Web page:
Cabarets and Revues
Although not publicly out as a gay man, Australian singer and songwriter Peter Allen signaled his homosexuality through his flamboyant persona and the subtexts of many of his songs.
Outed as a transsexual in 1961, the indomitable April Ashley rose from poverty to become a glamorous entertainer and top model who married into the British aristocracy and later became a transgender activist.
Entertainer Josephine Baker achieved acclaim as the twentieth century's first international black female sex symbol, but kept carefully hidden her many sexual liaisons with women, which continued from adolescence to the end of her life.
Actor and designer Bryan Batt achieved fame playing a closeted advertising executive on television, but in his own life he has been active in affirming the naturalness of homosexuality.
Expressionist exotic dancer and actress in German silent movies, Anita Berber epitomized for many the decadence of Weimar-era Berlin.
As the first open transgender person in New Zealand to be elected to the offices of mayor and Member of Parliament, Georgina Beyer has evinced courage, humor, and personal honesty.
Legendary drag performer and recording artist Ray Bourbon appeared in silent movies, vaudeville acts, Broadway plays, and, from the 1940s through the 1960s, performed across the United States in a gay nightclub circuit.
Historically, cabarets and revues have been much more likely to mention or imply same-sex desire than the "legitimate" theater; and same-sex desire has been less frequently condemned in cabarets and revues than in mainstream plays.
In the early 1960s, the Camp Record label issued records of gay parody songs; although the music is without much artistic merit, the records are significant for what they reveal about pre-Stonewall gay culture.
A dynamic performer on stage, television, film, and record, Nell Carter built a successful and versatile show business career; only after her death was her longtime relationship with a woman revealed to the public.
Beginning in the 1980s, a new generation of gay stand-up comics began to appear, telling jokes from the perspective of the gay insider.
Lesbian stand-up comedy provides an excellent example of how comedy can foster social and political awareness in both minority and mainstream communities.
Accomplished playwright, actor, composer, and lyricist, Sir Noël Coward was also a singer and cabaret performer; he dominated the British stage between the world wars, then reoriented his career in the direction of America.
Funnyman Frank DeCaro has found success both in serious journalism as a fashion writer and editor and in comedy as a writer, performer, and radio talk show host.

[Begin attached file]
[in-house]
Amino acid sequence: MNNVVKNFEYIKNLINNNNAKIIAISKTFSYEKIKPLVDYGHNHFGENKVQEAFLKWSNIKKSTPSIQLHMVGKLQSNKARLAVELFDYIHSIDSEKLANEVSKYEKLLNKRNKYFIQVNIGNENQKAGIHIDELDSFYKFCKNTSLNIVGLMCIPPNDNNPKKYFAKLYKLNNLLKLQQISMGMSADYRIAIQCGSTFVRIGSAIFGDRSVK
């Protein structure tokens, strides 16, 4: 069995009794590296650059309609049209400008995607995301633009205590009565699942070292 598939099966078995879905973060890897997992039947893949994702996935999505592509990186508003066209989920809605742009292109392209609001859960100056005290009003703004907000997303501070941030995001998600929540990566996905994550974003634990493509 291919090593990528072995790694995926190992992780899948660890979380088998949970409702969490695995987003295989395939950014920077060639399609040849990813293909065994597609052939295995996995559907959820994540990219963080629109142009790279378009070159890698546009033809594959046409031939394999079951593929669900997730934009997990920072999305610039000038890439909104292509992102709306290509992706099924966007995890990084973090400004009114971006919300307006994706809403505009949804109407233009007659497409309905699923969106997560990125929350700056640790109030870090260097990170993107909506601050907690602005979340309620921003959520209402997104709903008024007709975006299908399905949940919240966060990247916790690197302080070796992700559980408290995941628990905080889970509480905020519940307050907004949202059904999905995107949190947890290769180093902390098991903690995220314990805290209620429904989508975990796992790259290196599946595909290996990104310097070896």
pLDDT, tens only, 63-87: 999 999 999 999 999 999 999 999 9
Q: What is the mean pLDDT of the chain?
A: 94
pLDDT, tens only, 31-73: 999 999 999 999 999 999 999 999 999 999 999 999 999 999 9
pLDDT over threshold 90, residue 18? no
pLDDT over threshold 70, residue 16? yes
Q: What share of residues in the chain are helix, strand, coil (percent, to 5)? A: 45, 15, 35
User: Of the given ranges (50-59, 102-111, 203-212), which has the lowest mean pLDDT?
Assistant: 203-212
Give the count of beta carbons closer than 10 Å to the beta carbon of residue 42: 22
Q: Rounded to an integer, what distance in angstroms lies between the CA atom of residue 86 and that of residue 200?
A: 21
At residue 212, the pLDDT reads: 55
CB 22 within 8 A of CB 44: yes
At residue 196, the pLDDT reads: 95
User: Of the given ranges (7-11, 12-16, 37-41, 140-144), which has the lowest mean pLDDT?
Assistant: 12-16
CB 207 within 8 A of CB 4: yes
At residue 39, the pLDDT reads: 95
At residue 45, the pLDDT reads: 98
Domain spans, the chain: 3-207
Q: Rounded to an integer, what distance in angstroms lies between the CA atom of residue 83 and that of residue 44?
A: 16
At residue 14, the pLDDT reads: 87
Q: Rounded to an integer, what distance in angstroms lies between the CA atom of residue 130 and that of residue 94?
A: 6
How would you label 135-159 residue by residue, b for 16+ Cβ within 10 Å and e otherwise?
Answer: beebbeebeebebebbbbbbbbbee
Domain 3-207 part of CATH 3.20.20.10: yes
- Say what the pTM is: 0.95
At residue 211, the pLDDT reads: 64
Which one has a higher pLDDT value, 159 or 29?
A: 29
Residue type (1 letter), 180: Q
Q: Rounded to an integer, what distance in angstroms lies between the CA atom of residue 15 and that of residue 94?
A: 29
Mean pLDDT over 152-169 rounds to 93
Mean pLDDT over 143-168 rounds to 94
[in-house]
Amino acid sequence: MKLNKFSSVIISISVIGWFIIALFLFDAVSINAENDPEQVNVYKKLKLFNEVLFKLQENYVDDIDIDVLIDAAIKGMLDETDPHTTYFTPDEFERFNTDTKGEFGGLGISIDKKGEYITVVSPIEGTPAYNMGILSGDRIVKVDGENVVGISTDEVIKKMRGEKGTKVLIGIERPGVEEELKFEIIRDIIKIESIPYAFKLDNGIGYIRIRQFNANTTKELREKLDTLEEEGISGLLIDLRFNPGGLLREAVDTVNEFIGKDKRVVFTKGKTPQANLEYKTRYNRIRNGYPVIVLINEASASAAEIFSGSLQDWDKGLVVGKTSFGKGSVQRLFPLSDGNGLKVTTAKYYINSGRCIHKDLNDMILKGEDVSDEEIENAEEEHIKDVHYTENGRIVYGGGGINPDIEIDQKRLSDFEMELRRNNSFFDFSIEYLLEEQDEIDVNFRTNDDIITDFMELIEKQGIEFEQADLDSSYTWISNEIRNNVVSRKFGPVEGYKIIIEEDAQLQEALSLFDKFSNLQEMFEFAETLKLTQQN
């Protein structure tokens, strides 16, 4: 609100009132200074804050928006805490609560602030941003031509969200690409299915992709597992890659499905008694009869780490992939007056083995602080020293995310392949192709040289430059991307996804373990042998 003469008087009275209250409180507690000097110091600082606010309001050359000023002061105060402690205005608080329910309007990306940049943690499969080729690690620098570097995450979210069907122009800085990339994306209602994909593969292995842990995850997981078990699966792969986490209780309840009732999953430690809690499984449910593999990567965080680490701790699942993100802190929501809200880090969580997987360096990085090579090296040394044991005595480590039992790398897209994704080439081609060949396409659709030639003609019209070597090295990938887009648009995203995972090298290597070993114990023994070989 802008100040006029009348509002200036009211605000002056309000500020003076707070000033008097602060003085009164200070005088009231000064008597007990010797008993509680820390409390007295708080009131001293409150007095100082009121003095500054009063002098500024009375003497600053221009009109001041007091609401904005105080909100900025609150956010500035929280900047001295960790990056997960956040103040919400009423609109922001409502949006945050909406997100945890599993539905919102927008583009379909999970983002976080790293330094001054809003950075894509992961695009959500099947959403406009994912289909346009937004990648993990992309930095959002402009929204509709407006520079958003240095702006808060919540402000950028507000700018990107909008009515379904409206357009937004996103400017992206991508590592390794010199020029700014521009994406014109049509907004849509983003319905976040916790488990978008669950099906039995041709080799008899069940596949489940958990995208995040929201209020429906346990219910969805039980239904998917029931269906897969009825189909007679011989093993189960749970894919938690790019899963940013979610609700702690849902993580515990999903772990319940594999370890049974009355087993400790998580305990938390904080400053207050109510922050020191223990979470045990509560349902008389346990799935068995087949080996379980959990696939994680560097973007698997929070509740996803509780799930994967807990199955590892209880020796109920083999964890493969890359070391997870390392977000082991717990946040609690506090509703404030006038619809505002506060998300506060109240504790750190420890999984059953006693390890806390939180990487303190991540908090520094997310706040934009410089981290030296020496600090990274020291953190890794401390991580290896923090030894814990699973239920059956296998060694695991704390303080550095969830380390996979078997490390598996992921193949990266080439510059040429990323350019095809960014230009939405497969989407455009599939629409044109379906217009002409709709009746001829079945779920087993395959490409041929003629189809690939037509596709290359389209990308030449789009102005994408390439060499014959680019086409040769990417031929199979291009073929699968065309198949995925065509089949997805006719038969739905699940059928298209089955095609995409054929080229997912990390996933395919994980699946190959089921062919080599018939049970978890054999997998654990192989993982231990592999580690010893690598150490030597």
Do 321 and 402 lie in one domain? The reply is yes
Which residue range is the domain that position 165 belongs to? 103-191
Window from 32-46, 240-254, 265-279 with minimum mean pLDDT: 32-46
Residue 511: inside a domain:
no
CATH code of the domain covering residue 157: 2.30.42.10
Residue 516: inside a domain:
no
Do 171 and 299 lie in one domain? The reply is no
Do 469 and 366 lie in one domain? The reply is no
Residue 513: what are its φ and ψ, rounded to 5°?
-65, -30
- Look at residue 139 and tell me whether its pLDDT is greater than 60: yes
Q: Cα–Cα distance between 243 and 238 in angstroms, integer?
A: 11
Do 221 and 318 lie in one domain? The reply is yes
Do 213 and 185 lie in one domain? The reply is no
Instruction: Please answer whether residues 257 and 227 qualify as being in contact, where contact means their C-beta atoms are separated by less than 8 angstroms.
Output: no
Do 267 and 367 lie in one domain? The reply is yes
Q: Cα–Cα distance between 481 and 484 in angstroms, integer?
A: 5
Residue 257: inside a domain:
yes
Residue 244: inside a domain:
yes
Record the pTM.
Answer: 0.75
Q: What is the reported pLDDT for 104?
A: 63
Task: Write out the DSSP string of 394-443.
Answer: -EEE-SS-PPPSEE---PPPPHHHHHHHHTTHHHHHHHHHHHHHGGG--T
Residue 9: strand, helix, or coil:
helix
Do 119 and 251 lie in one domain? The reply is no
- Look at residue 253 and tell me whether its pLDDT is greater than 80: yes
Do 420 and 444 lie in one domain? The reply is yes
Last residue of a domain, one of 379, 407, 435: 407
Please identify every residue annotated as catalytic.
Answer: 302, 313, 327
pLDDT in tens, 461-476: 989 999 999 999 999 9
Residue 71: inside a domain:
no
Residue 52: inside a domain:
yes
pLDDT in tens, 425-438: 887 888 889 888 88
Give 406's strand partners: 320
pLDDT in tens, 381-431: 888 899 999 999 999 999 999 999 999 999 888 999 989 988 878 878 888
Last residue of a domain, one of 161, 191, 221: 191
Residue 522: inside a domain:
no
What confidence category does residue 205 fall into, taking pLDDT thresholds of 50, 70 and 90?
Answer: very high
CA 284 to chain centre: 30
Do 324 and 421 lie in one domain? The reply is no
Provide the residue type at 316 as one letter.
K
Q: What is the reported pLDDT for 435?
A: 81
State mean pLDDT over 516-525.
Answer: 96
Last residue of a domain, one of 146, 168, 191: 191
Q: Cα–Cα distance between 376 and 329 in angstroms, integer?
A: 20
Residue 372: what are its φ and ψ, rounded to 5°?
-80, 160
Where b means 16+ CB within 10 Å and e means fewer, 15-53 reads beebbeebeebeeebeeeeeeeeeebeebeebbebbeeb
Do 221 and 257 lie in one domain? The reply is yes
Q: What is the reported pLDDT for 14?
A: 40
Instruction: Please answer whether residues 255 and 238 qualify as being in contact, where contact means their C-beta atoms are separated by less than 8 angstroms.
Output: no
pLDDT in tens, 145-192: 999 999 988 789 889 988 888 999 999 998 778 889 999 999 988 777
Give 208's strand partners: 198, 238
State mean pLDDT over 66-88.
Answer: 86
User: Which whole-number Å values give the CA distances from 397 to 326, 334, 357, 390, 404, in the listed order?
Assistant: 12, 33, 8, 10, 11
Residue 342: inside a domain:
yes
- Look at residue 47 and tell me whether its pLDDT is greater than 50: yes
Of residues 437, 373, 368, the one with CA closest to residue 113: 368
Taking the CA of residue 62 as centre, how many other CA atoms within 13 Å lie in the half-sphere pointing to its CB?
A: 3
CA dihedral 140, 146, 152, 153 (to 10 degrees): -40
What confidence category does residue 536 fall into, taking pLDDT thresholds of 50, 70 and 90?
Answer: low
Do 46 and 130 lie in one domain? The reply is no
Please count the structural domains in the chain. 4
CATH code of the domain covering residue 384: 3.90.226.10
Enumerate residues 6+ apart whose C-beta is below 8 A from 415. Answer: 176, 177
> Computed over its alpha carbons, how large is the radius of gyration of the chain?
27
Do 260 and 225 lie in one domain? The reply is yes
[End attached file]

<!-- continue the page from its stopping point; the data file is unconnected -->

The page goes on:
A proudly out lesbian from the very beginning of her career, the versatile Lea DeLaria has earned accolades for her talents as an actor, a singer, and a stand-up comic.
Actress and cabaret performer Marlene Dietrich scandalized society almost as much by wearing trousers in public as by her numerous love affairs with both men and women.
A versatile character actor, nightclub singer, and international cult star who generally performed his stage show and movie roles in drag, Divine became famous through his appearances in John Waters' films.
A recent arrival in the drag arena, drag kings are part of an international drag movement that emerged in London and San Francisco in the mid 1980s.
Female impersonation need say nothing about sexual identity, but it has for a long time been almost an institutionalized aspect of gay male culture.
Gifted composer and arranger who gave a new look to movie musicals, Roger Edens was the heart and soul of the unit at MGM studios known as "Freed's Fairies."
Talented actor and writer John Epperson has had an extremely successful career performing as the glamorous and hilarious drag diva Lypsinka, among other characters.
Gravel-voiced vocalist and pianist Frances Faye warmly embraced her gay and lesbian audience and was openly bisexual at a time when few other performers dared to do the same.
American pianist and singer Michael Feinstein has had a lifelong fascination with the popular music of the 1920s, 1930s, and 1940s.
From the 1960s until his death in the 1988, puppeteer Wayland Flowers presented to mainstream television audiences a campy gay point of view mediated through his puppet "Madame," who eventually eclipsed him in fame.
The fragile persona and emotion-packed voice of actress and singer Judy Garland are powerfully linked to gay culture and identity; she appealed especially to gay men, but also to lesbians.